I have noticed we have gotten to a point that even questioning something puts you in the “bad camp.” I was discussing “To Catch a Predator” with someone and she accused me of being a molester for pointing out the “predators” were suspects until they were tried. That conversation really scared me, because I think it reflects quite a good portion of the way people think.

Steven Sashen said...

In a similar vein, the stock trader Chuck Lebeau used to get daily phone calls from the press asking for his explanation about that day's market moves.

If the question was about the market going up, he'd reach into that day's stack of "good news" press releases and read one of them to the reporter.

If the reporter wanted to know why the market tanked, Chuck would reach into the "bad news" pile of press releases and "explain" the reason.

Because, clearly, international tension about China's use of oil directly causes a 2% move in Starbucks stock.

Cal said...

I'm curious if you also feel this way about economic/financial coverage. The subprime mortgage crisis started the financial distress in the U.S. economy, but from my understanding even if 50% of subprime borrowers are behind in their payments that shouldn't have caused such a calamity. Subprime borrowers are a small portion of the total mortgage market.

But, then again, if houses were being sold way above what should their "real" values (and I know that why we have markets -- to determine these values) then I know any markdown will be painful. The dot-com wasn't so long ago.

My point is that most people are paying their mortgages, credit cards, car payments, etc. on time.

Steve Salerno said...

Financial journalism is often terrible, Cal. That's a whole other can of worms that I'll get into someday (or at least my view of it; nothing says my view is necessarily the be-all-and-end-all). But this whole syndrome of instant analysis--"the market fell today on fears of Iran getting nuclear weapons"--and then tomorrow it jumps 300 points. What happened to those fears? They went away overnight?

Anonymous said...

I don’t think journalism and financial news go hand in hand.

To answer Cal’s question: The subprime mortgage debalacle is bigger than just not paying mortgages on time. It involves bundling those bad mortgages and selling them to Fannie Mae and Freddie Mac. These bundles go onto bond markets and get sold again in auctions. It is like gangrene starting out in a toe and creeping up the leg. The leg will have to come off. Economists saw this coming along time ago.

Steve Salerno said...

I agree with Anon in the sense that I took a rather indirect path to the linkage between financial journalism and the actual economy. As is always the case when you're dealing with national finances, this is a very complex topic with multiple causes and interrelated variables that probably can't be regressed to a coherent timeline or a specific series of antecedent events.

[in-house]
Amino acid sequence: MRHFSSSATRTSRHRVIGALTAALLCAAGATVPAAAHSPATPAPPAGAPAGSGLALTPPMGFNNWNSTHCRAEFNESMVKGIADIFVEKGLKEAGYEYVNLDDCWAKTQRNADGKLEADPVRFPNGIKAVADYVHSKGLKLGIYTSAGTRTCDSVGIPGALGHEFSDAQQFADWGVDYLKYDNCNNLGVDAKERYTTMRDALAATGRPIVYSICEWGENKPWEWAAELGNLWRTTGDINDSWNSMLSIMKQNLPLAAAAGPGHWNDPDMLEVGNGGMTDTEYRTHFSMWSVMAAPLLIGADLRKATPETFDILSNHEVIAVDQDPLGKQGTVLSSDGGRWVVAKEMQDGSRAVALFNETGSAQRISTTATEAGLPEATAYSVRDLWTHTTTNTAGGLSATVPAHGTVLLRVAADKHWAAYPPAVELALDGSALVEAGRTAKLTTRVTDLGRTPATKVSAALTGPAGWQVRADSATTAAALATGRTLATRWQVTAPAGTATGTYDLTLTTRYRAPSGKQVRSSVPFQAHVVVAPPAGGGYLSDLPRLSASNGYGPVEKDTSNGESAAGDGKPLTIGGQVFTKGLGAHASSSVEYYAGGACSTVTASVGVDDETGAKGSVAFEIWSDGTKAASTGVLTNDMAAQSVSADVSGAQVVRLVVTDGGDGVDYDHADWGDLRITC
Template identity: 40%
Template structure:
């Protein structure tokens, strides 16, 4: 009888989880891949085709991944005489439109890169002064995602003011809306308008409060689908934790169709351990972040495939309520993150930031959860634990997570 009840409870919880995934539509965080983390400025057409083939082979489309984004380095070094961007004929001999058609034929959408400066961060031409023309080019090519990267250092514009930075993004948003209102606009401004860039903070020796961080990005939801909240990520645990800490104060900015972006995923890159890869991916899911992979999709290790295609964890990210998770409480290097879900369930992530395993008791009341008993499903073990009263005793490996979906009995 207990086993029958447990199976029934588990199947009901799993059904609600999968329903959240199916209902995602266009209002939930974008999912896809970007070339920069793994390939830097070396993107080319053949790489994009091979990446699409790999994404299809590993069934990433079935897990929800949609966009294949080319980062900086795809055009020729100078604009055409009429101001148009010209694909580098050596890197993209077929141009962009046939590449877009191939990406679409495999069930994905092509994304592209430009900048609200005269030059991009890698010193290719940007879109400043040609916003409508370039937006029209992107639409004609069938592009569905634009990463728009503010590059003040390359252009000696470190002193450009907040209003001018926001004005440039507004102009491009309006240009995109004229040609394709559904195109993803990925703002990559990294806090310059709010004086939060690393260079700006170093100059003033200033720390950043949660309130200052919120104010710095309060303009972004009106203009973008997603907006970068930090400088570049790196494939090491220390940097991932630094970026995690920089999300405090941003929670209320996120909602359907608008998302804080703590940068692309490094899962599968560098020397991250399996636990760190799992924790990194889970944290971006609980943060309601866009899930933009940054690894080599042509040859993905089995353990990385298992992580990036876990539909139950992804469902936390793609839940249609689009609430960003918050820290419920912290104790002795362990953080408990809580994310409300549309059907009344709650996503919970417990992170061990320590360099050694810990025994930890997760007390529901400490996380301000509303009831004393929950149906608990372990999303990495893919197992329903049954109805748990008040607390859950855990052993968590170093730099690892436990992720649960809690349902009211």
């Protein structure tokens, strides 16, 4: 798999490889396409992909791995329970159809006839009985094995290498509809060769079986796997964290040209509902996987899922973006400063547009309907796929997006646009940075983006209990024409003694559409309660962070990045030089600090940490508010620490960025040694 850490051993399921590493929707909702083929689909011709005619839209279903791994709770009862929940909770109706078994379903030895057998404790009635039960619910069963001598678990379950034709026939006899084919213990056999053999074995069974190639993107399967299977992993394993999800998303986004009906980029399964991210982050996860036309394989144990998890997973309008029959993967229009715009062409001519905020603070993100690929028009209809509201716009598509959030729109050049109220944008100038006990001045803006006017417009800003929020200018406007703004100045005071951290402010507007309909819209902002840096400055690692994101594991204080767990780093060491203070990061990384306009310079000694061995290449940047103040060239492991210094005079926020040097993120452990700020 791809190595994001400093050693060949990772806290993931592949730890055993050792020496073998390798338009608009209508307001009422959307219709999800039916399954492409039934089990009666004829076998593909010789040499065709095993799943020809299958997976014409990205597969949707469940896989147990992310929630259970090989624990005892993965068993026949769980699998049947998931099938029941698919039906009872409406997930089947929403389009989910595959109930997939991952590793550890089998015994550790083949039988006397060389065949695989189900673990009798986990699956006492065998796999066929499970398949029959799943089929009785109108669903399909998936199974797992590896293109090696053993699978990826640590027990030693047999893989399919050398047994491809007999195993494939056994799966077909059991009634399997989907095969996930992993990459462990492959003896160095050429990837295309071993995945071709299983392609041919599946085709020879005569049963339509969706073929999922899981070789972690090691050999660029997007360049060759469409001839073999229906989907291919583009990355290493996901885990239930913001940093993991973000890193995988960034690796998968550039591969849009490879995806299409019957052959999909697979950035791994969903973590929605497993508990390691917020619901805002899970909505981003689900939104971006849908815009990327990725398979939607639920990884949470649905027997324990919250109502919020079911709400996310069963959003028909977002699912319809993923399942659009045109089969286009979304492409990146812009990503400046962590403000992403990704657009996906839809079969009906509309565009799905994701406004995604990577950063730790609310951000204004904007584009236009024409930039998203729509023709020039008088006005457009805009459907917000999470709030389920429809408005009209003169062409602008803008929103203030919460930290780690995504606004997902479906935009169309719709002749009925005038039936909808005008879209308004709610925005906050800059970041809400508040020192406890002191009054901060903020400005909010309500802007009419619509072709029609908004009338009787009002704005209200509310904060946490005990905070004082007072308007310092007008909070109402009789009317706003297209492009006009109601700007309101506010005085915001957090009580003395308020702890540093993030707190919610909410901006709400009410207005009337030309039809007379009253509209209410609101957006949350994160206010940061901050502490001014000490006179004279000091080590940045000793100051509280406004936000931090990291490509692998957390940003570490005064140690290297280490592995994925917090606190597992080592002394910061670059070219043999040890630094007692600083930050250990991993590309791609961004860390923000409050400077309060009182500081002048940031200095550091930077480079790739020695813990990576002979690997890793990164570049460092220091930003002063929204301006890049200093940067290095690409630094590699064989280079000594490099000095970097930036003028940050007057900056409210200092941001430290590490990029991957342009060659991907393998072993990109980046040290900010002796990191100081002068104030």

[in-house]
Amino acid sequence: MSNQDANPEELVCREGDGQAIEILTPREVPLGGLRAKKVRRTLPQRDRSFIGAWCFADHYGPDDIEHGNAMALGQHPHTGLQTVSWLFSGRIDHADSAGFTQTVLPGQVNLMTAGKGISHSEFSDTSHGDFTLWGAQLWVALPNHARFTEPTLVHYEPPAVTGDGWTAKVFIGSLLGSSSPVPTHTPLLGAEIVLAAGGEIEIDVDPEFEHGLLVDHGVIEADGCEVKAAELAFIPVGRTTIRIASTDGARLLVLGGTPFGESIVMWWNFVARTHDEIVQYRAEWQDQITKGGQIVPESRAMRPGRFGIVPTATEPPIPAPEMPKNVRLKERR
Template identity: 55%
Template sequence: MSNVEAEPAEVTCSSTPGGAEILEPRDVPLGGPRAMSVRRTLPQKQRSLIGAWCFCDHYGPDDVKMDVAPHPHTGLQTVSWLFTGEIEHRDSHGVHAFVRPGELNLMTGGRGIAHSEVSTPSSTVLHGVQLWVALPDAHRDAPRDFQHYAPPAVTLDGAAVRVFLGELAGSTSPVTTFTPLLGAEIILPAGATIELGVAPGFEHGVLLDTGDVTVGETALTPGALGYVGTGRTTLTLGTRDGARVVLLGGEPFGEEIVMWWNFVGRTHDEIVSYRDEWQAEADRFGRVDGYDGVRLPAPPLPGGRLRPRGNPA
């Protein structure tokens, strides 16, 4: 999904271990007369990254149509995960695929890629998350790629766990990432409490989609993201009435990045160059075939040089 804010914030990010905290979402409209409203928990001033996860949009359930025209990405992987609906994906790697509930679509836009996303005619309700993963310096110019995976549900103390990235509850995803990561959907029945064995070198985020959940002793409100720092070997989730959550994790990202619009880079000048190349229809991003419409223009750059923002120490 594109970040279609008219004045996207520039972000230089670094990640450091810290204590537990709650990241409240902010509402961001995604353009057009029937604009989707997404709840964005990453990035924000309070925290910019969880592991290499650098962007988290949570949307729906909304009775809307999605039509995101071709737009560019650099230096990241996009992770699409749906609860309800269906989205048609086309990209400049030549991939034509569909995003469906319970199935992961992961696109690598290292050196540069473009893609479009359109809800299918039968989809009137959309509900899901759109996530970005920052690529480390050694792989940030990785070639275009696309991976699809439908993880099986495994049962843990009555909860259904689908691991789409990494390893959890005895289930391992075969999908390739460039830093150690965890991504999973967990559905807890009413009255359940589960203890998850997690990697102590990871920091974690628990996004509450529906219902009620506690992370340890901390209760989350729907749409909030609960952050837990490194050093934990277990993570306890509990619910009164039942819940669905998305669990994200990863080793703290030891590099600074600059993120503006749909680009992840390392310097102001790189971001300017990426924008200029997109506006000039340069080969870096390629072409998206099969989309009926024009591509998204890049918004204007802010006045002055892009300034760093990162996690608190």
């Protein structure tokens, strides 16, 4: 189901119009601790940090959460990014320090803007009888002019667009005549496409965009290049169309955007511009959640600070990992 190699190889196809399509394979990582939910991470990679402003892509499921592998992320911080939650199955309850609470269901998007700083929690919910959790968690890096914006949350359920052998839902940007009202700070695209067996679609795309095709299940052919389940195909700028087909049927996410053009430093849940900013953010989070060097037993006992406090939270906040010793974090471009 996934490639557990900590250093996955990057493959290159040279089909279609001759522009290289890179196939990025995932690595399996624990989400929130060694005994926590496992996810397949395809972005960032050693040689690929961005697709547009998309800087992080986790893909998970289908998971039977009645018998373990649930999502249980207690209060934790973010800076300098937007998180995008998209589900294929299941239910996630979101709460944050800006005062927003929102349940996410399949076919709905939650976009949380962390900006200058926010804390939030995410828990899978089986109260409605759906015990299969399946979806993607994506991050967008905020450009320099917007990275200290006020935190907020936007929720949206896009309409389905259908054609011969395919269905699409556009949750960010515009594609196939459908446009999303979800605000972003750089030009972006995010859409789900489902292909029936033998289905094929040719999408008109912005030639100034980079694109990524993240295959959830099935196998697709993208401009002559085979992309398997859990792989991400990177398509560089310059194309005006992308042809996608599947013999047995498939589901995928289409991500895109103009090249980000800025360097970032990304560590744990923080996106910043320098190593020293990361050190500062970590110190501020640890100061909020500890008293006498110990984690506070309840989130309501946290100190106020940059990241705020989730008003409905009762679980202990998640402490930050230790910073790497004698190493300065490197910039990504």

Elizabeth said...

a very complex topic with multiple causes and interrelated variables that probably can't be regressed to a coherent timeline or a specific series of antecedent events.

You are probably right, Steve. Most likely you are. But as I listen to the experts trying to explain today's Lehmann Bros et al. debacle, I hear that it is difficult to pinpoint its root cause. I'm no financial expert, by any means, but I would say that the root cause is glaringly obvious and staring us in our faces. It's called greed.

Steve Salerno said...

Having written extensively about the first S&L meltdown--including a lengthy investigative piece for the Los Angeles Times Magazine that dissected the failures of two of the nation's (then) top-10 savings banks--I can agree with Eliz that greed is surely part of it. So are stupidity, lack of proper management controls, and a certain "vision" that goes, more or less, "as long as we all keep believing, hey, let the good times roll..." Well, no. There is such a thing as Greenspan's (in)famous "irrational exuberance," and eventually the piper will demand to be paid.

Which is why I say: Don't ever tell me that unreasoned optimism and "positivity" have no downside.

ellen said...

Steve, I am definitely in agreement with regard to the way anything is reported today. I noticed this first during the first war outing in the gulf when the managed reporting of war was presented as a kind of entertaining video game. I stayed up all night riveted to my TV screen and appalled at the same time--it was so easy to ignore in all the talk of surgical strikes and unmanned patriot missiles that carnage was happening just out of shot.
Since then we have had increasingly close-up views of combat and carnage--there must be an appetite for it--just so long as it happens in a land that is far, far away we can dismiss it as having the same kind of reality as the movies.
There's a very good book out by Jane Mayer called The Dark Side that says the TV show '24' was funded and promoted in order to soften up the public to be more accepting of the principle of torture as legitimate.
I think something is afoot, all these changes taken piecemeal seem not too serious but this cultural dumbing down is dehumanising when viewed over time

Stever Robbins said...

Let's not forget that Anderson Cooper shot to the big-time by steadfastly reporting from New Orleans while being drenched by Katrina.

Anderson, barely braced against the wind, chisled jaw clenched tight in his battle against the elements, stood up to Mother Nature and took us fearlessly to those places we would fear to go.

At the end of the day, drama can be a real career-making move. As the watchers care less and less about substance and more and more about entertainment value, what actually gets rewarded (drama, gossip) starts to drive out what we might actually want from journalism (good reporting).

I flamed on my blog just last night about my frustration with election coverage. I wish in the hour after hour after hour of commentary, they'd tell me something about an issue. Research a policy. Give me a clue about the implication of something.

Instead, they just tell me that the mention of a topic cause so-and-so to slip X% in the polls.

I often wonder if, back when Al Gore was saying "the tax cuts will only benefit the top 1%," it would have made a difference to his chances if some intrepid journalist had actually figured out what that meant: "Only people making over $365,000 will benefit from the tax cuts. People less than that could get hit with higher municipal, state, and city taxes and fees as the federal tax dollars available for necessary services dry up."

(Here in Boston, our local property taxes and fees for various things skyrocketed. A friend of mine on the city council told me it was a direct result of losing federal dollars in several categories.)

Viva la journalism!